A mediaevalist trying to be a philosopher and a philosopher trying to be a mediaevalist write about theology, philosophy, scholarship, books, the middle ages, and especially the life, times, and thought of the Doctor Subtilis, the Blessed John Duns Scotus.
Monday, February 20, 2012
The Opera Theologica of John Duns Scotus
A new volume of studies on Scotus is out, part of the Quadruple congress that went on in 2008. It is edited by Richard Cross (yours truly set the text) and contains essays by several famous scholars and an edition of the anonymous De cognitione Dei. Price: 47 euros.
Here is the publishers blurb:
On 8 November 1308, the great Franciscan scholastic thinker, John Duns Scotus, died and was buried in the friars' convent in Cologne. Building upon the intellectual heritage of his Franciscan predecessors in Paris, Alexander of Hales and Bonaventure of Bagnoregio, Scotus extended this peculiarly Franciscan approach to the philosophical and theological traditions of western Christianity in new and bold directions with unique emphases and implications. These ramifications became the foundation for an important alternate current of philosophical thought known through history as Scotism. On the occasion of the 700th anniversary of the death of John Duns Scotus, international scholars from around the world gathered together to celebrate in a comprehensive manner the life, work and intellectual legacy of the Subtle Doctor. This gathering took on the form of a Quadruple Congress, comprising four conferences, treating four different themes, associated with the intellectual journey and legacy of Scotus, namely Oxford, Cologne-Bonn, Strasbourg and the Franciscan Institute at St. Bonaventure University, New York. The corresponding four volumes represent the current state of international Scotus scholarship and will remain an invaluable tool for years to come.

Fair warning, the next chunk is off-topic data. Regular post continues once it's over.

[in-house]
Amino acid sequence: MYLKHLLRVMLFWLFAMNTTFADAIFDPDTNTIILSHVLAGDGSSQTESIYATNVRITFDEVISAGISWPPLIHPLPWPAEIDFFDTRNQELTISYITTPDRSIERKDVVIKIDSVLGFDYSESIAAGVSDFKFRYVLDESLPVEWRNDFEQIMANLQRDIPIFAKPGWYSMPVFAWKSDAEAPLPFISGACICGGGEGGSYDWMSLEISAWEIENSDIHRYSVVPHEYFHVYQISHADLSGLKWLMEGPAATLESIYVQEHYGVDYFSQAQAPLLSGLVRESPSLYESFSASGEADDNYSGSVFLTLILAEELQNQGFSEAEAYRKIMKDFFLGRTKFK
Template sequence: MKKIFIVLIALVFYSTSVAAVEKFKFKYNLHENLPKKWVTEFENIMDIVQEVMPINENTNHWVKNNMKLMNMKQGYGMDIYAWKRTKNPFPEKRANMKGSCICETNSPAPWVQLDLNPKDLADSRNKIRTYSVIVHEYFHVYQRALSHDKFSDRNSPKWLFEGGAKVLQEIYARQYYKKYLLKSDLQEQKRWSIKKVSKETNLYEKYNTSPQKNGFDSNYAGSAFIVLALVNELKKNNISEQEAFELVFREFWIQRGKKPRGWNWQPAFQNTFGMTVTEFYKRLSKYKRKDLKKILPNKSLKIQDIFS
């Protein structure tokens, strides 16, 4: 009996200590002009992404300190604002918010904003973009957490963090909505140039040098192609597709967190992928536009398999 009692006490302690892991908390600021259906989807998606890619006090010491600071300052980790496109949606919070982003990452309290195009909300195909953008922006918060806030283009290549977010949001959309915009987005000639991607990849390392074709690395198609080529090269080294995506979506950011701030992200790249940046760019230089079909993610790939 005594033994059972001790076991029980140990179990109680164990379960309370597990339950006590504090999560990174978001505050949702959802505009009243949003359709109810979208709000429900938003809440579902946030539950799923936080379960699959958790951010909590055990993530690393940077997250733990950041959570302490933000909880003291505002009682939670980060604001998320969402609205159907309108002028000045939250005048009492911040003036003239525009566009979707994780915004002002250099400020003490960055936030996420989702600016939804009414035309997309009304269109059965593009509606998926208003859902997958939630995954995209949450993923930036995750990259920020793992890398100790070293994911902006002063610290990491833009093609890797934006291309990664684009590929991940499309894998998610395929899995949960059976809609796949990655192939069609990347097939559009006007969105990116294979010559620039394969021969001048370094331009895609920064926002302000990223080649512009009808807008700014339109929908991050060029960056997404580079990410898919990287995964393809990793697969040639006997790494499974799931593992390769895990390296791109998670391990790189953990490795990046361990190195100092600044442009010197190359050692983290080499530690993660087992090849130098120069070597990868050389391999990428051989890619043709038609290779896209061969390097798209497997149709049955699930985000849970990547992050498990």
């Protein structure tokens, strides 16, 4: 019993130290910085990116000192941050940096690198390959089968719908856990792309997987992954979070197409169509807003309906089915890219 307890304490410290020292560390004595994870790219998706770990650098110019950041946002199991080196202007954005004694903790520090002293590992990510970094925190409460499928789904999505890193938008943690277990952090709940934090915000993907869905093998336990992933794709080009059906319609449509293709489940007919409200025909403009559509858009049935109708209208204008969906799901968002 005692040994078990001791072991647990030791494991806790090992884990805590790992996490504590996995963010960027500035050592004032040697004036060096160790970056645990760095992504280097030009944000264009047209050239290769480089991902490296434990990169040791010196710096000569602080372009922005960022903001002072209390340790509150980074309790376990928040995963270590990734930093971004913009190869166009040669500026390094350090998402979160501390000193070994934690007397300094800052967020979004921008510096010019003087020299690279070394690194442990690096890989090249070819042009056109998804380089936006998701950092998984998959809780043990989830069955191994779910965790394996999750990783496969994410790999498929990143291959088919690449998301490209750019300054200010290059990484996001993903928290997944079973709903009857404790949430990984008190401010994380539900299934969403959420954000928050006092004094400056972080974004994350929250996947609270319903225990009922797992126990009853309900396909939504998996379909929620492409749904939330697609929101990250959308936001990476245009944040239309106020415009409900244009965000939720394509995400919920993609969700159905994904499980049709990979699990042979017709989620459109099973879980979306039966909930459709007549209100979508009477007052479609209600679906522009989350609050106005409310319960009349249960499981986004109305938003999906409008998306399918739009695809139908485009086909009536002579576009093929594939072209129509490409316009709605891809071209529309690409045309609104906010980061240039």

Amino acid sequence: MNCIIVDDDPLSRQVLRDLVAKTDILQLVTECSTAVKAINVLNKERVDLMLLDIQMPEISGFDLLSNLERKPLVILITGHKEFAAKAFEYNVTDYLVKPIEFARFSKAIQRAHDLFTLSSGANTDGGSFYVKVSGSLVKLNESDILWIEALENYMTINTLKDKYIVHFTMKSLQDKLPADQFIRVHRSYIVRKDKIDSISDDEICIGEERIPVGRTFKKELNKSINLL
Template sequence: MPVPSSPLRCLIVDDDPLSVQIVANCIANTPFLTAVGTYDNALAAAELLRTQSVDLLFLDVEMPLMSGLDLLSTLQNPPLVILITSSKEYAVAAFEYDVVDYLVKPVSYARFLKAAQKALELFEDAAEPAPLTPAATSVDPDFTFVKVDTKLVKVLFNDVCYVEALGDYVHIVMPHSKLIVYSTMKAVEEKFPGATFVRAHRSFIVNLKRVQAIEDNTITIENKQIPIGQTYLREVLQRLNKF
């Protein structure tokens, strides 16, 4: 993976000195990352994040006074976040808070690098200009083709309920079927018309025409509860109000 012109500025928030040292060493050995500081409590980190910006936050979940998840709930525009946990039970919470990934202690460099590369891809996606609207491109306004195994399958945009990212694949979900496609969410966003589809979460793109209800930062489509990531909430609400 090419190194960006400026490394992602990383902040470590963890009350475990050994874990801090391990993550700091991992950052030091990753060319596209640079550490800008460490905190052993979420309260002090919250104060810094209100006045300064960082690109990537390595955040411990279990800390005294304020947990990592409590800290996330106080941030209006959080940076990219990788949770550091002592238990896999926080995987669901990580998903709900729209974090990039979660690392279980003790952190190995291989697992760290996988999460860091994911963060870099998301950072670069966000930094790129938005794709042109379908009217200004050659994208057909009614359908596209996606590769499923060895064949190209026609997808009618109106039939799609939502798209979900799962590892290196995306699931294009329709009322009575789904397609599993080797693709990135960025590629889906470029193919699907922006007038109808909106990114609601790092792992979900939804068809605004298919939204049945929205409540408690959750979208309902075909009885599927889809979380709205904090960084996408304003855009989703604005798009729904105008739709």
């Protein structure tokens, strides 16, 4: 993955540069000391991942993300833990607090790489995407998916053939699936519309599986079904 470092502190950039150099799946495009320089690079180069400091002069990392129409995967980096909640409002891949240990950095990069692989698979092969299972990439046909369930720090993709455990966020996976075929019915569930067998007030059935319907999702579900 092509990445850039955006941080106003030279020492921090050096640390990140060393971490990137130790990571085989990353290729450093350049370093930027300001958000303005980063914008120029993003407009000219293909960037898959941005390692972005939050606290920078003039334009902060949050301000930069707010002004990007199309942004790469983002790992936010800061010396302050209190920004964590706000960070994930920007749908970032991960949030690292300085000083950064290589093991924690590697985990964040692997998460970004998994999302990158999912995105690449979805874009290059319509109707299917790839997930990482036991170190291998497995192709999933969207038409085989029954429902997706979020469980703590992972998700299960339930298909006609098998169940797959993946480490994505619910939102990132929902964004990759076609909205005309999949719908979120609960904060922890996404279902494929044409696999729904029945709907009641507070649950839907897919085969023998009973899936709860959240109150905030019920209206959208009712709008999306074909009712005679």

Part 2, offering investigations into the theology of John Duns Scotus, contains contributions by Robert Andrews, Oleg Bychkov, William J. Courtenay, Richard Cross, William A. Frank, Tobias Hofmann and Ludger Honnefelder. Robert Andrews's article provides, for the first time, a complete text of the Scotistic De cognitione dei.